One of the early arriving flocks came in with a lone adult Snow Goose in its midst. This was only the second of this species I've seen this year. It was a nice bonus surprise.
After about 45 minutes, an estimated 1,800 Canada Geese had arrived back in the pond and the flow of geese slowed to a trickle. A thorough inspection of the pond-full of waterfowl revealed no other unusual species (beyond the Snow Goose), however, I did note a couple of the new arrivals that were sporting neck yellow neck collars.
With my spotting scope, I was able to get a much closer look and the Canada Geese and was able to make out three letter alpha codes on the yellow collars: GLF and GLU... It appeared these were some of the geese that are being marked in Greenland as part of Greater White-fronted Goose research there. (Last year a flock of five similarly-marked Canada Geese spent the latter half of the month of October in the Caribou area and were thoroughly blogged up here...).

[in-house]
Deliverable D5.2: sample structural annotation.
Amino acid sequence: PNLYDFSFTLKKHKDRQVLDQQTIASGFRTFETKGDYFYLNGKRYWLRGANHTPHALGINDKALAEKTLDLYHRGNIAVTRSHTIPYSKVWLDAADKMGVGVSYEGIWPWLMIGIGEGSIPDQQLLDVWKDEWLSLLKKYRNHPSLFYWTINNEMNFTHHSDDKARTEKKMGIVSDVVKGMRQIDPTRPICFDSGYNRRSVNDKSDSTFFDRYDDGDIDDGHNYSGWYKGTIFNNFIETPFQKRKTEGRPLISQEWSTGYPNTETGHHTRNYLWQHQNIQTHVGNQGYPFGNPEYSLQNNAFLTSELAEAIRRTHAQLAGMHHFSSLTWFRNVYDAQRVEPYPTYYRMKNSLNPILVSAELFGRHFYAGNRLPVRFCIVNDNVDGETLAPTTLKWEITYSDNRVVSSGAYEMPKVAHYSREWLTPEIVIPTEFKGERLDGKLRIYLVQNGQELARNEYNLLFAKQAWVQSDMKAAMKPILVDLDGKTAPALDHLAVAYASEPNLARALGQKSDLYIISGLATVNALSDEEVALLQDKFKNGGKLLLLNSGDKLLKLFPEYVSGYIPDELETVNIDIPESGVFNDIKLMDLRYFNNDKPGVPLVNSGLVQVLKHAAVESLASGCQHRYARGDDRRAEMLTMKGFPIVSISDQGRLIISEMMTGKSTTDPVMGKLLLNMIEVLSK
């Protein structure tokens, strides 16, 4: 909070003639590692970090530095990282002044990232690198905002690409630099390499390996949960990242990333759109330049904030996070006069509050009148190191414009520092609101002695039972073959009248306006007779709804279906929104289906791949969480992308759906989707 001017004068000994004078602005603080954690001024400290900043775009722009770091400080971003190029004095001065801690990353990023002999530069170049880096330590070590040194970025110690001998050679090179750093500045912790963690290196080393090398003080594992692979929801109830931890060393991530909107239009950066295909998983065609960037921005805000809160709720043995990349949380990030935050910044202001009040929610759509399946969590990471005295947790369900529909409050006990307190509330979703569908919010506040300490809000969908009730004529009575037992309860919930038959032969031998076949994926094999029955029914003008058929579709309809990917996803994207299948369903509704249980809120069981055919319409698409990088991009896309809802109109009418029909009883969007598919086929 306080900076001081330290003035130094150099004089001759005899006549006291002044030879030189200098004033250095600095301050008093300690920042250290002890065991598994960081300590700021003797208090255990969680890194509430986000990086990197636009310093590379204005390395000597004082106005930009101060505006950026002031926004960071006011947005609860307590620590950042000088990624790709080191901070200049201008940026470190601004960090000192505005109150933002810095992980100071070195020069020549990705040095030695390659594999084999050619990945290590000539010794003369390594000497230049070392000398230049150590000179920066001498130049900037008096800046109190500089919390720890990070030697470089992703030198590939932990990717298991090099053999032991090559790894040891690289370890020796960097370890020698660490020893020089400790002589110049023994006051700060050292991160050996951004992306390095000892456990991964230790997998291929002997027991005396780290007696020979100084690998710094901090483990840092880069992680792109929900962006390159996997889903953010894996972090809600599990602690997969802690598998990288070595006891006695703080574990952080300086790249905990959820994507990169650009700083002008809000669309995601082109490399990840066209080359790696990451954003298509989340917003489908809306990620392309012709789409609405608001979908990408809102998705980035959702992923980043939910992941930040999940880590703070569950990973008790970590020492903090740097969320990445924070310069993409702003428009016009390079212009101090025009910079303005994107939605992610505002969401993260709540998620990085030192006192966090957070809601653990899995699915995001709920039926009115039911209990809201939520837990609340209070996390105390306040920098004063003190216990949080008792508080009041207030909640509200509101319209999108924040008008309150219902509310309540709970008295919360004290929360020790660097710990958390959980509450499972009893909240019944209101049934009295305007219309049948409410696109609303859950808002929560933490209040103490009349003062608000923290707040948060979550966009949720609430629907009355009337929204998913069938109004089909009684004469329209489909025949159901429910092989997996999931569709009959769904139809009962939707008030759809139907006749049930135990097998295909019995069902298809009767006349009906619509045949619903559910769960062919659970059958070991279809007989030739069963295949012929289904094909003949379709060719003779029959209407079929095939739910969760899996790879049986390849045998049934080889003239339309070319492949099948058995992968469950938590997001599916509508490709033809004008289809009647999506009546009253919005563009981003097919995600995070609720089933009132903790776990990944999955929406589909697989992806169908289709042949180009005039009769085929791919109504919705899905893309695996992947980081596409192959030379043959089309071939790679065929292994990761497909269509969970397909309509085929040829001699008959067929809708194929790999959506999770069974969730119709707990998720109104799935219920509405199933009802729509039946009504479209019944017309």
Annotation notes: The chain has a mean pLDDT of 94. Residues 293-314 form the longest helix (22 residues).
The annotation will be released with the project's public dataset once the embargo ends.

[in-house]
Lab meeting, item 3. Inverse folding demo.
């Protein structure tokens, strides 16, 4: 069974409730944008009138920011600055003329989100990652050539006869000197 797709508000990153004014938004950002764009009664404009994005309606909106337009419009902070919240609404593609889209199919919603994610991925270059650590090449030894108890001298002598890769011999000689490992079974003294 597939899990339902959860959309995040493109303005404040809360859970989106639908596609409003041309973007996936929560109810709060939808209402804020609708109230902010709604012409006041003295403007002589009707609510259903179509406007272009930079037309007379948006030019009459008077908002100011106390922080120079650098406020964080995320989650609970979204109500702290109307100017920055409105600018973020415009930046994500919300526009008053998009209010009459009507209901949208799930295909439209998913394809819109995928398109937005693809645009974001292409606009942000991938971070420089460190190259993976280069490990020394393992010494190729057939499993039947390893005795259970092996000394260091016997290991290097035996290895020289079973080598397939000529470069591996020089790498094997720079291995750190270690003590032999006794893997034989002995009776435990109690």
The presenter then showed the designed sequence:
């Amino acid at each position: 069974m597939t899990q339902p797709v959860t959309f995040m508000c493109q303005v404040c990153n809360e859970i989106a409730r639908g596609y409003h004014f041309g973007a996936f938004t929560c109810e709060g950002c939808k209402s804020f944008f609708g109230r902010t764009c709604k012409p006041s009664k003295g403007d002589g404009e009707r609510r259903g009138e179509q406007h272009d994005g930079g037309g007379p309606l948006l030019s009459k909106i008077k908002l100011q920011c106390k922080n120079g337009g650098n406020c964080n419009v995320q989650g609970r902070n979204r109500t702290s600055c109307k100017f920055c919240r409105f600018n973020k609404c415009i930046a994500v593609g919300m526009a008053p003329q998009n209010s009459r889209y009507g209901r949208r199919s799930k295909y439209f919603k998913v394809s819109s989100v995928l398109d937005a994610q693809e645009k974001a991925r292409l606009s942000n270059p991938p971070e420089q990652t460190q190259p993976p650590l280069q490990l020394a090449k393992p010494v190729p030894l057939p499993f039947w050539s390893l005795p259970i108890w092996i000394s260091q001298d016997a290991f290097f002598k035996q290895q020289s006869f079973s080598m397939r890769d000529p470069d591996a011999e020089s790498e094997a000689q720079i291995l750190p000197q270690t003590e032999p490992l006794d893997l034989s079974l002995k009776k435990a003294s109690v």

When I returned home, I checked my records for the alpha codes on these 2008 geese and found that one (GLF) was one of these five seen last year.
I was able to snap a few pictures of the pair and sent one out, with news of the resighting, to the researchers Tony Fox and David Stroud. Tony and David responded to say that GLF (a female) had returned to Isunngua, in southwest Greenland after wintering in the US in 2008-2009. The crew there had spotted it with some other geese during their trapping/marking work in July 2009. GLU (a male) was also originally marked in 2008 but hadn't been seen since!
A straight line between Isunngua, Greenland and Caribou, Maine is 1,500 miles. I'm sure the path travelled by these geese was a winding one and more miles were covered.... A long trip to make once, let alone three times...
Amazing stuff right happens right in my home "patch".
A link to the Greenland Goose resighting page is here: http://greenland09.wikispaces.